As an Indian, no way can I deny the obvious pull factors that lure so many students from this country for higher studies there, often to remain and work there to become one more in the large Non-Resident Indian community in the USA. Many people also join this group after studies with the sole aim of settling there, never to return. Nor can I look away from the fact that a PhD from an American university carries more weight in this very country, than the same degree from even the premier institutions of higher education here. The USA continues to be a country of dreams for innumerable people all over the globe. But at the same time, there are also people—and I do personally know quite a few such couples—who decide to return to India when they plan to start a family, unwilling to raise a child in the culture that they feel is too impersonal for close ties to be nurtured between parents and children. Several Americas again—some that pull and some that push away.
For a lot of Americans, the world—at least the civilised world as they understand it—begins and ends within the boundaries of their country, facilitating a process of many US citizens actually believing that they deserve special treatment anywhere and everywhere.
It is perhaps the haughtiness that is almost inevitably associated with Americans in many countries of the world, India included, that led many people to secretly acknowledge that there was a degree of elation in the bubble of American invincibility being burst when 9/11 happened in 2001, even as they mourned the rise of terrorism and the death of thousands of innocent civilians. It was inevitable that talks about the proverbial Frankenstein’s monster surfaced in course of these attacks, for by then President Reagan’s Operation Cyclone was public knowledge among the educated in many countries, including India. For more than a decade since 1979, the CIA had secretly offered financial support and weapons to Islamist militants (mujahideen) in Afghanistan to counter the Soviet Union. In fact, in the late 1980s, Pakistani Prime Minister Benazir Bhutto was reported to have told President George HW Bush that he was creating a monster. This criticism is almost always there in any discussion of America’s fight against terror, even among many American friends I have made over the years.
If there is haughtiness, there is also absolute humility among the American people. I’ve now interacted with a considerable number of American students who come to India as interns or volunteers to gain some experience in the social development sector. Many of them have expressed feeling humbled, looking at the kind of world history and geography we study in our schools, lamenting that their high school level studies do not include much beyond their own country. Many Fulbright scholars who come for a short three-week tour of India for exposure, with the aim of firming up their proposed research/ project proposals, have unashamedly stated how sorry they feel to have assumed that a country as big and diverse as India can be understood even at the surface level within the span of three weeks.
If the George W Bush government indulged in the Iraq War, criticised even by some of America’s closest allies like Germany and France, and the people of the country voted him back to power, they also voted for Barack Obama to succeed him. A President whose speeches during the campaign captivated the entire world. The only American President whose victory speech I have listened to on the television with a feeling that I’m watching history being made. It is debatable, for sure, the extent to which Obama has made history in concrete terms, but that is not really the point I want to make. The crux of the matter is that USA breeds feelings of resentment and hostility by its highhandedness in many affairs of the world.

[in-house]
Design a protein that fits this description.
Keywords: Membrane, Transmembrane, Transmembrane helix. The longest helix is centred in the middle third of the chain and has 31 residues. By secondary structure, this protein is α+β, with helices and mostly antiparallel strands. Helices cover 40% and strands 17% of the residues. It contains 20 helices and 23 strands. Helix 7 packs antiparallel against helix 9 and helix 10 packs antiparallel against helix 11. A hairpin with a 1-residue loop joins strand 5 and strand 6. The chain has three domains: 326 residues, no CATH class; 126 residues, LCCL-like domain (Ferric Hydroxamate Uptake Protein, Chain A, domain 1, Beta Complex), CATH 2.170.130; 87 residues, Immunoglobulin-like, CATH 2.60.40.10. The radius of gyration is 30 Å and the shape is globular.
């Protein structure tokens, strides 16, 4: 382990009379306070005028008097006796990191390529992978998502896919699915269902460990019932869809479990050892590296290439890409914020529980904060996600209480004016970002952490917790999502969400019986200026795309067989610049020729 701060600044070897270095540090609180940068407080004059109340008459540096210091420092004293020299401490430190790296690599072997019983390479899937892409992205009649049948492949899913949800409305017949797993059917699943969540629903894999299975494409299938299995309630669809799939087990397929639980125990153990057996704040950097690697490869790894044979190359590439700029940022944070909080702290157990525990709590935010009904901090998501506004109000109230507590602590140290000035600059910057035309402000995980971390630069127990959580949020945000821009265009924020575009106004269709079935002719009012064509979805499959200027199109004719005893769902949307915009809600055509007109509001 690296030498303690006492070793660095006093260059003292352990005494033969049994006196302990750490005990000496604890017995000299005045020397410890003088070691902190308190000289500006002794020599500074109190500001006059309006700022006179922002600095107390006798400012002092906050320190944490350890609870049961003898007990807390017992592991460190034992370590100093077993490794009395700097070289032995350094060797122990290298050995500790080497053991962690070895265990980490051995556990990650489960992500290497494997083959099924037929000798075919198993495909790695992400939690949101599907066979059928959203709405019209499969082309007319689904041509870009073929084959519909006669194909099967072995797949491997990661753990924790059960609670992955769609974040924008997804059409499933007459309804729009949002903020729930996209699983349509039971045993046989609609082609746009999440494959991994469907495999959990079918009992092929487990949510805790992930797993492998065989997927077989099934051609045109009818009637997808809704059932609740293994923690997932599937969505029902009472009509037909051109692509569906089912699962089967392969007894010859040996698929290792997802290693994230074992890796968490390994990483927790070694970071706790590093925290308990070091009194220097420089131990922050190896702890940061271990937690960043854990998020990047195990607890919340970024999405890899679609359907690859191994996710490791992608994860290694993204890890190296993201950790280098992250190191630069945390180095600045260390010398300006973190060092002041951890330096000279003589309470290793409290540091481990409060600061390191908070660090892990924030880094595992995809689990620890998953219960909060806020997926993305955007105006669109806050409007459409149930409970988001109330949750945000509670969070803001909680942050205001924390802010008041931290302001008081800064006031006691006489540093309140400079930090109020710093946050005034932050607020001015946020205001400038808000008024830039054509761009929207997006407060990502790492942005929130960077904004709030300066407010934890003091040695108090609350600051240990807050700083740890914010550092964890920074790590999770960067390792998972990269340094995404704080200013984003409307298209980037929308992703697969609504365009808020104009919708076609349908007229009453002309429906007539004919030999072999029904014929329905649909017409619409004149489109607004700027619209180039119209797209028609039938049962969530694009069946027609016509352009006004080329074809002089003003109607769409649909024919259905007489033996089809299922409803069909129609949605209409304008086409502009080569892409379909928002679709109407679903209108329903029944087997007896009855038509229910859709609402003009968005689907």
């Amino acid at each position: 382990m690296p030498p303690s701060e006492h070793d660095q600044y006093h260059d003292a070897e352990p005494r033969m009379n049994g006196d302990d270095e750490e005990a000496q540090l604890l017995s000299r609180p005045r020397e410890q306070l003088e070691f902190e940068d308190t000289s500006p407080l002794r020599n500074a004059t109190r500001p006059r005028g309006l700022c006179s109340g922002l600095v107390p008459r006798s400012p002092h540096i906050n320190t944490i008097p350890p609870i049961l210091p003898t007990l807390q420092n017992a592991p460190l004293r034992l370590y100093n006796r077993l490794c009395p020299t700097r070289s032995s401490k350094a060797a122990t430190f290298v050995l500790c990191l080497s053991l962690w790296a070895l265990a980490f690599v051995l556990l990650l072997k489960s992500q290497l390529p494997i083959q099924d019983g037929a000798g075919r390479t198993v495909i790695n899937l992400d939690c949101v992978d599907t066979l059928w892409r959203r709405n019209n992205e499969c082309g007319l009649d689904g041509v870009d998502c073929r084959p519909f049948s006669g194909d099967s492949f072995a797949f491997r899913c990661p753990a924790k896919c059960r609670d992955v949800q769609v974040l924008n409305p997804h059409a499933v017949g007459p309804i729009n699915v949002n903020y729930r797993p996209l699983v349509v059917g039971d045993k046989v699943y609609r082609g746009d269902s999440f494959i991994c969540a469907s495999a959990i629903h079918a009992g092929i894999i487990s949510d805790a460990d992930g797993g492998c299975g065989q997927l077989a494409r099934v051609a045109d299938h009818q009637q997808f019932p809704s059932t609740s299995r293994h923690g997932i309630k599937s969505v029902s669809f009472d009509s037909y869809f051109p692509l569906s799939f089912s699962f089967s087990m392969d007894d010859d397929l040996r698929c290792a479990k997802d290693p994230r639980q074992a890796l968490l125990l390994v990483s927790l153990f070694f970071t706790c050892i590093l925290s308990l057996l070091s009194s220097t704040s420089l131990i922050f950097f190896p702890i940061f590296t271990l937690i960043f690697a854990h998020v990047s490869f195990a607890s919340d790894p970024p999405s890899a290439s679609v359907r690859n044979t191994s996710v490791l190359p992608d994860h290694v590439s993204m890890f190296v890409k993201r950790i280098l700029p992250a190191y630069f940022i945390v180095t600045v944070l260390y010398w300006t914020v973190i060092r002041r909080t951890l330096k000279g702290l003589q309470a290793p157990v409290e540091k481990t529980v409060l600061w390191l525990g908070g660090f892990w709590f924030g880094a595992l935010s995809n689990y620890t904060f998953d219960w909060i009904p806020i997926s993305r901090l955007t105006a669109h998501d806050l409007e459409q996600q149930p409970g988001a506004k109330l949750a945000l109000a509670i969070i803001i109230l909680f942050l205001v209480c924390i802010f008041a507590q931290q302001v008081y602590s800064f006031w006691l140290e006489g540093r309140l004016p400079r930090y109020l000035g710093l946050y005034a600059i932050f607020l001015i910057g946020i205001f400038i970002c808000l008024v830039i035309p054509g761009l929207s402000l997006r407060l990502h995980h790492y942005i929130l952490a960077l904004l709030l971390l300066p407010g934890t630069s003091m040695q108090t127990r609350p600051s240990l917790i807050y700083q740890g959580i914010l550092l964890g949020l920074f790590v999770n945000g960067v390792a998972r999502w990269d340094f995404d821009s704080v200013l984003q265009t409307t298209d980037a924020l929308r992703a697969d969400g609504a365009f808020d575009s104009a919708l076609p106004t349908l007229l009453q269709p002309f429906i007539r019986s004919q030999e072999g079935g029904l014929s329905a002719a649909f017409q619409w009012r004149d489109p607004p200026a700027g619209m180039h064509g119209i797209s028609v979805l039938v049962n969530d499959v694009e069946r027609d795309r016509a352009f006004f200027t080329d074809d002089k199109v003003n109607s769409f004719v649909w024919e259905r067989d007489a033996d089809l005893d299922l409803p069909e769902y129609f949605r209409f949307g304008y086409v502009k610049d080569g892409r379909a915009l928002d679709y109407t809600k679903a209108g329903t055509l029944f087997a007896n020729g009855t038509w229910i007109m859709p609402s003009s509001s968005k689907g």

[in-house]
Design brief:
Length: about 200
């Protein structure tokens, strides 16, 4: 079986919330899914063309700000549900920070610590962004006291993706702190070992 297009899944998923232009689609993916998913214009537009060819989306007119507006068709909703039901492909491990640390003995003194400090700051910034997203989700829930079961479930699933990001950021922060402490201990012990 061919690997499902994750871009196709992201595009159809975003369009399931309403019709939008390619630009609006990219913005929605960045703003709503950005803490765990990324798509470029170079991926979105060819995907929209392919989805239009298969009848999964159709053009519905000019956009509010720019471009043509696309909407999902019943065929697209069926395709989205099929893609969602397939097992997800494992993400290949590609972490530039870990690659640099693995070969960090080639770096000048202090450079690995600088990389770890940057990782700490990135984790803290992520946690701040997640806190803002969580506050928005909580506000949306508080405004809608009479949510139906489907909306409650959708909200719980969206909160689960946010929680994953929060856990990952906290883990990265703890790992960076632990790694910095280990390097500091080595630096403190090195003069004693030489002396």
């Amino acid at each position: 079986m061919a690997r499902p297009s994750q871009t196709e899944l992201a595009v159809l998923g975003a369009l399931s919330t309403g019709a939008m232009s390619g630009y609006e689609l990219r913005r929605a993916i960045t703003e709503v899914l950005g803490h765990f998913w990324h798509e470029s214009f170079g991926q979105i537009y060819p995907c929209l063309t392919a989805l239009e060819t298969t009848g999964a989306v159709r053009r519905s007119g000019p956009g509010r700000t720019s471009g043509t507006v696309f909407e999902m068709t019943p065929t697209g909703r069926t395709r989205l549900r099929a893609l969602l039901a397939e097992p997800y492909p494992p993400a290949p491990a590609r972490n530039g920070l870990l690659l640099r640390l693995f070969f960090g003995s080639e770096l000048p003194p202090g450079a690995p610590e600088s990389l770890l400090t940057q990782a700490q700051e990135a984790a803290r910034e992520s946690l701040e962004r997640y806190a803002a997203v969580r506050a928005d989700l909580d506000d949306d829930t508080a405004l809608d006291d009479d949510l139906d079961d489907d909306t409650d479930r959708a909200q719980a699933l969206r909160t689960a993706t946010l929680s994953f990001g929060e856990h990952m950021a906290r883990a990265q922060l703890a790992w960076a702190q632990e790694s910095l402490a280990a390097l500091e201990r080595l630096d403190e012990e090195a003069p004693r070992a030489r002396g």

If the George W Bush government indulged in the Iraq War, criticised even by some of America’s closest allies like Germany and France, and the people of the country voted him back to power, they also voted for Barack Obama to succeed him.
But then, that country also ignites dreamers of social change with a history of many movements starting from the striking workers agitating for an eight-hour work day celebrating the world’s first ever May Day. The role of American women in leading different waves of feminist movements towards gender justice, and of American people with non-normative sexual orientation and/or gender expressions in articulating LGBTQ demands for equal human rights can hardly be denied.
Even as the USA takes a lead in globalising world economies towards capitalism, its own diversities appear in bold relief every now and then. Just the other day, while thousands of Americans used various ways and means to express their condemnation of the Orlando shooting that resulted in the death of 49 people and injury to more than 50, the Verity Baptist Church in Sacramento, California, celebrated the death of “predators”, as the pastor put it. So did another Baptist Church in Westboro, Massachusetts, with people carrying placards stating that the shooter was God’s ambassador.
An America that rules the world through purse-strings and weapons. An America that makes millions across the world dream of a better life there than they can have in their own countries. An America that has led many a movement towards social justice. An America where any citizen can have one or more firearms, even though mass shootings are a regular affair, with even school children being killed. An America that ranked second in the world by Gross Domestic Product, but eighth by the Human Development Index, in 2015. An America that can present to the world both a Donald Trump and a Bernie Sanders as possible presidential candidates in the same year. If there is one country more incredible than India in its pluralism, it’s surely the US of A.